The October 6, 2015, decision of the Court of Justice of the European Union in the Schrems v. Facebook case left significant uncertainty surrounding the legality and practicality of U.S. technology companies’ ability to process and use personal data received from the EU, in the absence of the Safe Harbor framework. Since that date, parties on both sides of the Atlantic have been waiting for clear guidance from U.S. and EU regulators on how to deal with data transfer between the EU and U.S. Pressure only mounted as the January 31st, 2016, deadline set by Europe’s national data protection authorities came and passed. But today, U.S. and EU regulators announced that they have come up with a new framework for transatlantic data flows, dubbed the EU-U.S. Privacy Shield.

What do we know?

Details and the actual text of the Privacy Shield agreement between the EU and U.S. were not immediately available, but regulators on both sides have confirmed that the parties have reached an agreement in principle that will allow for the continuation of an important mechanism for transatlantic data transfers outside of binding corporate rules and model contractual clause arrangements. As of now, only a few key elements of the Privacy Shield framework have been identified:

  • strengthened cooperation between the FTC and EU authorities;
  • commitments from the U.S. that access to EU data for national security and law enforcement purposes will be subject to clear conditions, limitations and oversight mechanisms;
  • the creation of an ombudsperson within the State Department to receive and respond to concerns and complaints regarding data access by the U.S. law enforcement and intelligence agencies;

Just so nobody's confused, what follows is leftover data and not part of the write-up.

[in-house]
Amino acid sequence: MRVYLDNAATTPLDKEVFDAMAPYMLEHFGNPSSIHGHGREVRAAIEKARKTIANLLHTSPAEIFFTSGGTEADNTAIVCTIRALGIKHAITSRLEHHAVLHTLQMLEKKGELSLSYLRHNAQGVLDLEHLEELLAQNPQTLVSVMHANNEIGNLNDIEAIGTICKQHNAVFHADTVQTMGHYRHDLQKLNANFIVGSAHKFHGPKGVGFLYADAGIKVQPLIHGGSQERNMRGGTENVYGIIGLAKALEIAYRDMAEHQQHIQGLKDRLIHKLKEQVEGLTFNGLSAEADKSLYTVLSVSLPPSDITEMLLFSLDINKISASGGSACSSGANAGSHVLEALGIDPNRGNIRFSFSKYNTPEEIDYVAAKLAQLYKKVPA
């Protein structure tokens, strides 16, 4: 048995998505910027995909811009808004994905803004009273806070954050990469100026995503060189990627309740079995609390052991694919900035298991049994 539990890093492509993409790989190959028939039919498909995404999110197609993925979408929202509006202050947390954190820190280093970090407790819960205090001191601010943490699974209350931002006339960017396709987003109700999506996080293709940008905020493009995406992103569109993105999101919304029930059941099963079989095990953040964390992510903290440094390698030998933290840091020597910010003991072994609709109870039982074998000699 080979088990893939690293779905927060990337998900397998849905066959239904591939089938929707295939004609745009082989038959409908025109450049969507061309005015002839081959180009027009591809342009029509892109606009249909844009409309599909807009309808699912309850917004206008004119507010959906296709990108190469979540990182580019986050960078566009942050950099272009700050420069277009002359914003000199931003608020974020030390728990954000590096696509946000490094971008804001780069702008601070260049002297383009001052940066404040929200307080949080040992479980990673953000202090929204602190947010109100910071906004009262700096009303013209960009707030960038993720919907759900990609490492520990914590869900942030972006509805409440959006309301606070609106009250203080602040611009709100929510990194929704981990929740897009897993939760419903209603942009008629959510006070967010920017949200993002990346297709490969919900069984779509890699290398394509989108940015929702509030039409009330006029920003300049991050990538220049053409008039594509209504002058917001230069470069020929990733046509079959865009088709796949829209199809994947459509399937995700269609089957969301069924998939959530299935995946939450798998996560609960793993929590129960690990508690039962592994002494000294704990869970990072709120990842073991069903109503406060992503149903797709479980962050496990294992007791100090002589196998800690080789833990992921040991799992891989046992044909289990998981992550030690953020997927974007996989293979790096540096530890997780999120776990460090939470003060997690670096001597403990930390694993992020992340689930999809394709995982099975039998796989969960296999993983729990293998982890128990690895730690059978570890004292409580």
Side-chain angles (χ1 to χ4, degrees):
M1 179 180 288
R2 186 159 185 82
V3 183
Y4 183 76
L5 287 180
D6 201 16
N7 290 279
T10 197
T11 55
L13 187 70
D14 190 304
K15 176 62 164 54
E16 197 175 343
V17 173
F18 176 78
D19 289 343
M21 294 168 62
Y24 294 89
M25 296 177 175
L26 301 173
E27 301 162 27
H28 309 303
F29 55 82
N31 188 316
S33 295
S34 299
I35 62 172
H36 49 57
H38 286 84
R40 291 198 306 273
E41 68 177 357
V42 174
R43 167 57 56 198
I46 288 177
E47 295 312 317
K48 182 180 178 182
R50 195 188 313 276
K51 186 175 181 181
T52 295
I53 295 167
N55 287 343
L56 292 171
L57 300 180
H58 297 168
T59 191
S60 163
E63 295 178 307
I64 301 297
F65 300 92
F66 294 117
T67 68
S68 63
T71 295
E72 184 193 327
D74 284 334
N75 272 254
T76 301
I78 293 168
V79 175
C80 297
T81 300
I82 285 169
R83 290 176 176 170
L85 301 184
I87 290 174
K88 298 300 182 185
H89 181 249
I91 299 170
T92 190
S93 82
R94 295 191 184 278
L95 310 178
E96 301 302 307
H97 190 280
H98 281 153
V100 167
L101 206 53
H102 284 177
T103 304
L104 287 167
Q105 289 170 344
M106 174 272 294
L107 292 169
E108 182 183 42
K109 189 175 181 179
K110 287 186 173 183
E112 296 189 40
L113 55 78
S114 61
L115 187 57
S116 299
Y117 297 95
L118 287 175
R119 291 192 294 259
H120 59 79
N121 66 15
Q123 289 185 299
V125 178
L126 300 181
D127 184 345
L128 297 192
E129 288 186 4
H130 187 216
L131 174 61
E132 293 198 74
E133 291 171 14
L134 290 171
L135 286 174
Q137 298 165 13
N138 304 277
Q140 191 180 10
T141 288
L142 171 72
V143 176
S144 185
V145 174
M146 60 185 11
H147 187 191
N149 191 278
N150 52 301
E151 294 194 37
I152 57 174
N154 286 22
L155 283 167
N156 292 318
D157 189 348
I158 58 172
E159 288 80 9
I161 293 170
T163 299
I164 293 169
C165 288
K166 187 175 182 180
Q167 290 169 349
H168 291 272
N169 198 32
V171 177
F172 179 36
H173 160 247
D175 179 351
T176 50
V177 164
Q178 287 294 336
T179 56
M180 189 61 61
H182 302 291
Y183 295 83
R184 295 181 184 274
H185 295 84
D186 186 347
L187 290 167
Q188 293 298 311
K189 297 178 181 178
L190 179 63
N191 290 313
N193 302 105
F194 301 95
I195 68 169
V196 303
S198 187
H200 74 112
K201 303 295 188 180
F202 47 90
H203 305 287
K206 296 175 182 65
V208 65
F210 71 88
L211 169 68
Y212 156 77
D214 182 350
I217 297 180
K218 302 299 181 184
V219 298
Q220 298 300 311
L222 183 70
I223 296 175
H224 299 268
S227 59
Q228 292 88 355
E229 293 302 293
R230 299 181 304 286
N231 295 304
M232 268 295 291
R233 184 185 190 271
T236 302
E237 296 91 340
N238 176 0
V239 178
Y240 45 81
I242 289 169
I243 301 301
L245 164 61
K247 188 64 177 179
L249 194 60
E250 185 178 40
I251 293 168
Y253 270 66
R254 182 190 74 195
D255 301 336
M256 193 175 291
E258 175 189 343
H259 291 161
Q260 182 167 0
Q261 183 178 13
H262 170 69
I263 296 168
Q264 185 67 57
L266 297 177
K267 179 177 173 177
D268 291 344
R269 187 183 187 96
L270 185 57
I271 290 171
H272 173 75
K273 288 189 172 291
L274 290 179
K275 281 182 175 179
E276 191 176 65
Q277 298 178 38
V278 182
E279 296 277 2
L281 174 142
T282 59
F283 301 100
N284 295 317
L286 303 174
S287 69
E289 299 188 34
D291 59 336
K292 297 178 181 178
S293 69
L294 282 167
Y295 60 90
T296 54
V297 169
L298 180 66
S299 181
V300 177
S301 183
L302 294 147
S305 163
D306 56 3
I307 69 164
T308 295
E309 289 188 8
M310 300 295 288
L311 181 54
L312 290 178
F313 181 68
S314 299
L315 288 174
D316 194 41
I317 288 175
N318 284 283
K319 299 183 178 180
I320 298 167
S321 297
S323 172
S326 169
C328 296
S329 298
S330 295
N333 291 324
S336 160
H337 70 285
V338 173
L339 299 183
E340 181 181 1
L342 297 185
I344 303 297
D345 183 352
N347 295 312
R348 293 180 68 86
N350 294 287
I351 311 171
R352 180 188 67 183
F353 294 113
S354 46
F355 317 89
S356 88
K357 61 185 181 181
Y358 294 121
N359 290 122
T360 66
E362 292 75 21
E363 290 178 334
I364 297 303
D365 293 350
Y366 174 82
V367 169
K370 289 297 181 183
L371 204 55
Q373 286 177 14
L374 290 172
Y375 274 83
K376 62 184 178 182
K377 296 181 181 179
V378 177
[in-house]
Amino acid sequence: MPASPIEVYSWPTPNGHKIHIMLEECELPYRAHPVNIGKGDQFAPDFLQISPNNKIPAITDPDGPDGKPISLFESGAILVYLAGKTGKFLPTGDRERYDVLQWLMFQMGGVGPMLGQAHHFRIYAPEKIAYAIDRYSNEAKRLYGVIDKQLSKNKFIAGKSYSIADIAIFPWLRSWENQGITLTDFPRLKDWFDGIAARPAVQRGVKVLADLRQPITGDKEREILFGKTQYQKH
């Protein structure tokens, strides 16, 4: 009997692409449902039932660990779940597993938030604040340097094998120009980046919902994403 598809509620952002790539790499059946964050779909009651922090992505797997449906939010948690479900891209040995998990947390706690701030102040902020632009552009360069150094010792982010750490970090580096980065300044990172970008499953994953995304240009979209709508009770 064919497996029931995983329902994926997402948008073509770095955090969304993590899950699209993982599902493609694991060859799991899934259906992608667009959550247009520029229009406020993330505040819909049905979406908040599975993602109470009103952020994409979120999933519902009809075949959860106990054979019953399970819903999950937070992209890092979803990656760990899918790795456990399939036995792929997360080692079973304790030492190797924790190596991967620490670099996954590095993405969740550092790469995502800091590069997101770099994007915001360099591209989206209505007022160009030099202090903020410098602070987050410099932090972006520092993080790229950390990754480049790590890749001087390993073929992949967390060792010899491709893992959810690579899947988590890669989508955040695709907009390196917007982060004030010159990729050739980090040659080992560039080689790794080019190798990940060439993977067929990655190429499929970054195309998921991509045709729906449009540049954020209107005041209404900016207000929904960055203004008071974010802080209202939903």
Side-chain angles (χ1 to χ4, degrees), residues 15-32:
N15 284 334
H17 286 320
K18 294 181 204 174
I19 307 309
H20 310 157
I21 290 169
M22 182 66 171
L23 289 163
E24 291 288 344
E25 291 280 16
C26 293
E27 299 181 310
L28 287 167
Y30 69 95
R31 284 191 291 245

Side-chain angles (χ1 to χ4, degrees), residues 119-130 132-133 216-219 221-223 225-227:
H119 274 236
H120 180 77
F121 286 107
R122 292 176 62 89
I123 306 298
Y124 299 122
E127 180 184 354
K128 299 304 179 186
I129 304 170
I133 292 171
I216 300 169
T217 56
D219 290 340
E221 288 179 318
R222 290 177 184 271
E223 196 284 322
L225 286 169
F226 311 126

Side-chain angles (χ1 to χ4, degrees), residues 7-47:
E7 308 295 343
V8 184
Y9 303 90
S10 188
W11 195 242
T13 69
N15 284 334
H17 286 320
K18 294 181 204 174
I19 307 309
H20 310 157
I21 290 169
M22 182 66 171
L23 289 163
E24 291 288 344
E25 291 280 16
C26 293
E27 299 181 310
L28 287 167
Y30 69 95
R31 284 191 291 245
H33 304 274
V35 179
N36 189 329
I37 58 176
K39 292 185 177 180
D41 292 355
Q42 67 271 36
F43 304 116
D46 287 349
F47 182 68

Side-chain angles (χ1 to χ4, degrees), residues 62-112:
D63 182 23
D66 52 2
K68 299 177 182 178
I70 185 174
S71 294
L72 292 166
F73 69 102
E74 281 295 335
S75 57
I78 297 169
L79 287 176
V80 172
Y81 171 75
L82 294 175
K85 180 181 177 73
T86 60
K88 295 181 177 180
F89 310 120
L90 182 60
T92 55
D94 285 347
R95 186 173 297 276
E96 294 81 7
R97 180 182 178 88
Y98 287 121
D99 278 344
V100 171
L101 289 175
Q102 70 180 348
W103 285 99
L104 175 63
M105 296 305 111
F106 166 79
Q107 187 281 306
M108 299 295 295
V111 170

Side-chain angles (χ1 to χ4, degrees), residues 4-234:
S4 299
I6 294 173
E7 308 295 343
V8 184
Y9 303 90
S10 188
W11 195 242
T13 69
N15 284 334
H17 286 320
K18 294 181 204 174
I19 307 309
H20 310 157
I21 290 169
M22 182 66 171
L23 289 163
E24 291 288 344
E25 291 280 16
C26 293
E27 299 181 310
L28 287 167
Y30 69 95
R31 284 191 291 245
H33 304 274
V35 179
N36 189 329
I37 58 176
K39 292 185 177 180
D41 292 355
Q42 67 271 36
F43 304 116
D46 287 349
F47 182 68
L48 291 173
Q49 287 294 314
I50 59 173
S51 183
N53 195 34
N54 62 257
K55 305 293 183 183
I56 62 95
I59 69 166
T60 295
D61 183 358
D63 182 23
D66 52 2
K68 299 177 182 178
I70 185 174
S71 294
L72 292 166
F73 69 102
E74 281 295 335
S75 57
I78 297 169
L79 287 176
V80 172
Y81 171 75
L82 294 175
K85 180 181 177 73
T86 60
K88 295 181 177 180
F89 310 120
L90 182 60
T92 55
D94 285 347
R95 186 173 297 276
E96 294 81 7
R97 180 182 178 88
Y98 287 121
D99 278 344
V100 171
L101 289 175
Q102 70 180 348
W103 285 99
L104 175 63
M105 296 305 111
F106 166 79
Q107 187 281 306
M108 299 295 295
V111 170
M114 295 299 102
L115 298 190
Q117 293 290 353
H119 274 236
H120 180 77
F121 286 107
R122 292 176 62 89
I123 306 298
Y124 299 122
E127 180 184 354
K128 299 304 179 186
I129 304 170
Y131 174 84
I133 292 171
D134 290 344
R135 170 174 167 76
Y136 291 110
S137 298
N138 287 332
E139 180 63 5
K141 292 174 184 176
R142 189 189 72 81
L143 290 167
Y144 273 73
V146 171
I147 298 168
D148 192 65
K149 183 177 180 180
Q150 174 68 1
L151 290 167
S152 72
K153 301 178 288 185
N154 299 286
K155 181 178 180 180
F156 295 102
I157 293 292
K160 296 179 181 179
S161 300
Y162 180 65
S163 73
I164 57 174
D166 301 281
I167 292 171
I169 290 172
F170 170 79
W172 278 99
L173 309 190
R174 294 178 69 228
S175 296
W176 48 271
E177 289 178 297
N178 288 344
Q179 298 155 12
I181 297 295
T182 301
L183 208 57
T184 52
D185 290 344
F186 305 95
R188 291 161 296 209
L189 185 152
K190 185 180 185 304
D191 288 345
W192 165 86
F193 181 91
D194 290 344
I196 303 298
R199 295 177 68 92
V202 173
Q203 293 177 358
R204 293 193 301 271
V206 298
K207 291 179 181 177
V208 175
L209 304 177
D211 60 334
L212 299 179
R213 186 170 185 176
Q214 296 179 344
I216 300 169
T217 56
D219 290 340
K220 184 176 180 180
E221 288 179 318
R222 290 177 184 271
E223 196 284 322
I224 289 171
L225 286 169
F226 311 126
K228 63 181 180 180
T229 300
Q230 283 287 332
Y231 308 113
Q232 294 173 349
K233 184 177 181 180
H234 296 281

• strong obligations on companies handling Europeans’ personal data and robust enforcement, including monitoring by the Department of Commerce; and
  • multiple avenues for resolution of disputes between European individuals and companies, including a requirement that companies offer Europeans the option of choosing forms of alternative dispute resolution, at no cost to the individual.

For now, these broad strokes are all that is known about the accord, as neither EU nor U.S. officials have provided details on when the final text may be released. The Department of Commerce has, however, indicated that it is planning to offer briefings regarding the Privacy Shield framework, and how it differs from the prior Safe Harbor framework.

What’s next?

The next major milestone is securing approval for the Privacy Shield framework. To do so, the European Commission will prepare a draft “adequacy decision” to present to the Article 29 Working Party and the Member States before the Privacy Shield framework can be approved and adopted. Commissioner Věra Jourová has indicated this process could take up to three months.

So what about now?

In the meantime, it remains to be seen what view the European data protection authorities will take with regards to current non-compliance with EU laws regarding data transfers. It would seem unlikely that regulators will aggressively bring enforcement actions given that the framework is still in a state of flux and a new Shield is imminent. However, companies should continue to evaluate ways to mitigate risk.​​